It started in the middle 1990's while i was interviewing old time dancers who had been in films during the 1930's and 40's. Always talking about the movies they were in, and trying to collect them all.
During one of these interviews the legendary Hal Takier described film clips he had not seen of, or heard of since the time of filming. One of these movies i discovered at the UCLA archive titled "Boogie Woogie" from 1945. However there was still a Film he simply described to me as being "Arabian" or "Middle eastern" themed, he said "a short film", and it was "during the war".
I searched endlessly as i went through all my resources, nothing ever came up. As the months rolled along I would see Hal and Marge and try and get more information hoping he'd recall more information.
I remember that i finally discovered the title, Maharaja from a book i got from Dwight Lapardis, on the Soundies Dist. of America (Short Films). that like others didn't mention any dancers at all, it just mentioned a band and a date filmed, So I added it my list of possibilities.
My Collection of shorts and specifically soundies at this point was already pretty large, and i religiously scanned my 16mm Film collectors subscriptions. Some dealers only sold shorts and sometimes "lots of unknown" soundies, which is how i discovered Chool Song with Dean Collins. But still no Maharaja...
I finally came in to contact with the film collector Mark Cantor and in our first exchange, i asked him about these titles, and he quickly remarked that "Maharaja" from 1943 had dancers in it, he knew this right away because it was one of his favorite soundies, and actually inside the Panaram Machine in his house. Mark was excited to hear Hal was still alive, and really looked forward to interviewing him.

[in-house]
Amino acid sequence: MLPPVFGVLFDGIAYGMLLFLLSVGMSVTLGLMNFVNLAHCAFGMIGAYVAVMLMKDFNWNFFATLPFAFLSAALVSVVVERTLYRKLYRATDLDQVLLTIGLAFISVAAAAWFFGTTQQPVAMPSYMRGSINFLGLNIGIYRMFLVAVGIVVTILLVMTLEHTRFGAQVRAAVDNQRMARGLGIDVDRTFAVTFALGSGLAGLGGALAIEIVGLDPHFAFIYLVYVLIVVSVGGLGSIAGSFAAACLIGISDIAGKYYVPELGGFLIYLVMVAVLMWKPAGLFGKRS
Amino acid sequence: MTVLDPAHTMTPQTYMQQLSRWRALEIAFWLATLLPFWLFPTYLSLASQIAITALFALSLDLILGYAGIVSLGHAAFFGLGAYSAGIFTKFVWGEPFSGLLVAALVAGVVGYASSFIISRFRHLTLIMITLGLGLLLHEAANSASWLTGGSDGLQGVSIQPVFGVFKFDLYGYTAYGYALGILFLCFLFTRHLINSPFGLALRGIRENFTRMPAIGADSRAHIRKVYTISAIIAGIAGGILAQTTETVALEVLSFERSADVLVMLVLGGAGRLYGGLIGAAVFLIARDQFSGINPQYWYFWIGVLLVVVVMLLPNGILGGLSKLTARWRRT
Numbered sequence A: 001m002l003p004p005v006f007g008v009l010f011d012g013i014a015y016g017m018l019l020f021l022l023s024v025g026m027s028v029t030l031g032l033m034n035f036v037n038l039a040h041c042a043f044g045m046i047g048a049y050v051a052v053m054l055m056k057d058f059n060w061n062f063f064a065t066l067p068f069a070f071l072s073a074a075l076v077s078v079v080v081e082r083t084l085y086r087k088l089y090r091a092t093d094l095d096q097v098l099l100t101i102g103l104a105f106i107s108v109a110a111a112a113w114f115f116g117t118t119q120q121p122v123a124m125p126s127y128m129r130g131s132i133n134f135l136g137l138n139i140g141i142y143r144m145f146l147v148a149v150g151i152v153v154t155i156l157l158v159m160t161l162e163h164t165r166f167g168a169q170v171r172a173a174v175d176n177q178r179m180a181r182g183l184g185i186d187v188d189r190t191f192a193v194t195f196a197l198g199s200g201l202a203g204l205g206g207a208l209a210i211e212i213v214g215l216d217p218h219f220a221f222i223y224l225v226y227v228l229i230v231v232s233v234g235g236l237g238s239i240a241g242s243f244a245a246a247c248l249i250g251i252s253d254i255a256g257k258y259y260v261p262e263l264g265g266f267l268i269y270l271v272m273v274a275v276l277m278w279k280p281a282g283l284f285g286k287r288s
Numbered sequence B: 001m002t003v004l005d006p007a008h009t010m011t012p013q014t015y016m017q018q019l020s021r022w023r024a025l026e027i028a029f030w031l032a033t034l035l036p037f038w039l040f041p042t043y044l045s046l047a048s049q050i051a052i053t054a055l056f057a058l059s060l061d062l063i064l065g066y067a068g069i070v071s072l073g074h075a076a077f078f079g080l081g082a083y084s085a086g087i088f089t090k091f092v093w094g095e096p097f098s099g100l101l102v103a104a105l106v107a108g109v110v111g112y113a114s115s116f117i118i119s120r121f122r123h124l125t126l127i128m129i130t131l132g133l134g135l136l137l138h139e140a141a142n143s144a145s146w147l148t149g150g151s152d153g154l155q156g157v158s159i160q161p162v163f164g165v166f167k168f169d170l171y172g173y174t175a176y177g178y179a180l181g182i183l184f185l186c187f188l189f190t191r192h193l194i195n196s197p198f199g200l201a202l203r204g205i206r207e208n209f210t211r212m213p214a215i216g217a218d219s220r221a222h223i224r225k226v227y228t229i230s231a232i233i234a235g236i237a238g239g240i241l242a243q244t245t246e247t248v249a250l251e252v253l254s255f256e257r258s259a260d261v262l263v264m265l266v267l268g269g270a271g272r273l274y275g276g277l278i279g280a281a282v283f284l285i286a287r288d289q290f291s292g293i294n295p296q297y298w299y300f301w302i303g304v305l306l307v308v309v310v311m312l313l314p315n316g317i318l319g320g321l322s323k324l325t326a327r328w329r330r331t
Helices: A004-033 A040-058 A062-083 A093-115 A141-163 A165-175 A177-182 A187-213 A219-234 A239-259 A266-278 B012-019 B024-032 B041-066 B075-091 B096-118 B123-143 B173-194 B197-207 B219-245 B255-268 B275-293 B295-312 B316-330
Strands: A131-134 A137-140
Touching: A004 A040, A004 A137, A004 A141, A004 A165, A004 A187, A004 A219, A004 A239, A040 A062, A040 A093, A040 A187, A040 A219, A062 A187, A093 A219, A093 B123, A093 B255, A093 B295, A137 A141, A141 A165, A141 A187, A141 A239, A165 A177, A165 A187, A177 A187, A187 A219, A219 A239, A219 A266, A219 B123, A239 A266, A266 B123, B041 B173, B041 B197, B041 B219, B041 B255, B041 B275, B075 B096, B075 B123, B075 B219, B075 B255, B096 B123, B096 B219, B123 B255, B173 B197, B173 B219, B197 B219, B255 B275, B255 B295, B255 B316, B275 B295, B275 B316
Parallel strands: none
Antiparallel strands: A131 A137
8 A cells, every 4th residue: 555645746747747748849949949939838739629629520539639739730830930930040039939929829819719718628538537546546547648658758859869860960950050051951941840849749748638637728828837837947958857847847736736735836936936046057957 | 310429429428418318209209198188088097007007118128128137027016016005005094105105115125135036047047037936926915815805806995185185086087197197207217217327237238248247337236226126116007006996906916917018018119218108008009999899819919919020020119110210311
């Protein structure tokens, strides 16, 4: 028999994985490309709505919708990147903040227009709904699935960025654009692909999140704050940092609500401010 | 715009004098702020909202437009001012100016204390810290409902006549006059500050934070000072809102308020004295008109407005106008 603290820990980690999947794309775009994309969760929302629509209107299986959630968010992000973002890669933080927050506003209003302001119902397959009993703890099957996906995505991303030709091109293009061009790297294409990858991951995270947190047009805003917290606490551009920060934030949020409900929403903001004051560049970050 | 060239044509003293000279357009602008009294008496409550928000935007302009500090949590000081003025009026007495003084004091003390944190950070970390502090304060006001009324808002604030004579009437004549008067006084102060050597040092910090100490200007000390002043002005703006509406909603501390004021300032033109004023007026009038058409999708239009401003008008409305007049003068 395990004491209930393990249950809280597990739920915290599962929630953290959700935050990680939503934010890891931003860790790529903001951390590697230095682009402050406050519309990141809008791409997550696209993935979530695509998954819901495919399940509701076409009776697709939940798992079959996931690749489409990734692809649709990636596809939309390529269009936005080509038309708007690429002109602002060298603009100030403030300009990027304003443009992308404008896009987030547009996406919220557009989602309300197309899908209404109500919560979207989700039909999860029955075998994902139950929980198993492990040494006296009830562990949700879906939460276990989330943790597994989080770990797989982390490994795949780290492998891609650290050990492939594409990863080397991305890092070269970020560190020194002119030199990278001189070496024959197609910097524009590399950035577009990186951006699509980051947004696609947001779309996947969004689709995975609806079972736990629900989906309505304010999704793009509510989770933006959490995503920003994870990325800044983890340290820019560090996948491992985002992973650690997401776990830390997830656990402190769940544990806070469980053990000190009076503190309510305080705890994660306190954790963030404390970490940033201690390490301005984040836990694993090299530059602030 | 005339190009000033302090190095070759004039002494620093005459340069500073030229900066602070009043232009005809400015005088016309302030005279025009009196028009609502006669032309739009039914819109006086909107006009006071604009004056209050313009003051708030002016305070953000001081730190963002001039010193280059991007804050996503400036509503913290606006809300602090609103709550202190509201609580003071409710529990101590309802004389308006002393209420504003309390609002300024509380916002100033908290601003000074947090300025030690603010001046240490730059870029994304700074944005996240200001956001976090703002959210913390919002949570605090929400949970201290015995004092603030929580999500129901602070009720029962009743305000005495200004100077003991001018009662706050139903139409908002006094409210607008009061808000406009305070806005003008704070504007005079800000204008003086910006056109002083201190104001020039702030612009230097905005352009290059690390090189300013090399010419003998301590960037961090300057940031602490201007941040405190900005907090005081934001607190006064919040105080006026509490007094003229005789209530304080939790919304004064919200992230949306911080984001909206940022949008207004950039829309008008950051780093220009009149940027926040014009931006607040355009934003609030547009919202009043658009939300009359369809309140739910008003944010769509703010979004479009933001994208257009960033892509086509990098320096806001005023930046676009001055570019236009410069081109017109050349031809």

It was such a great moment for Hal and Marge to show the film on the screen at Bobby Mcgees for the first time, For everyone to see it in front of Hal, sitting there with his classic smiling grin…
Since then, we have seen Maharaja, Hal and Betty influence dancers and scenes around the world. Dancers have recreated it on stage, and Teachers have have taken steps, tricks, and the style. Everyone has their reasons, but the impact Hal and Betty have is undeniable today.
Thanks to the generosity of Mark Cantor, who was willing to share Maharaja from his collection, reuniting it to its dancers…
Wednesday, July 10, 2013
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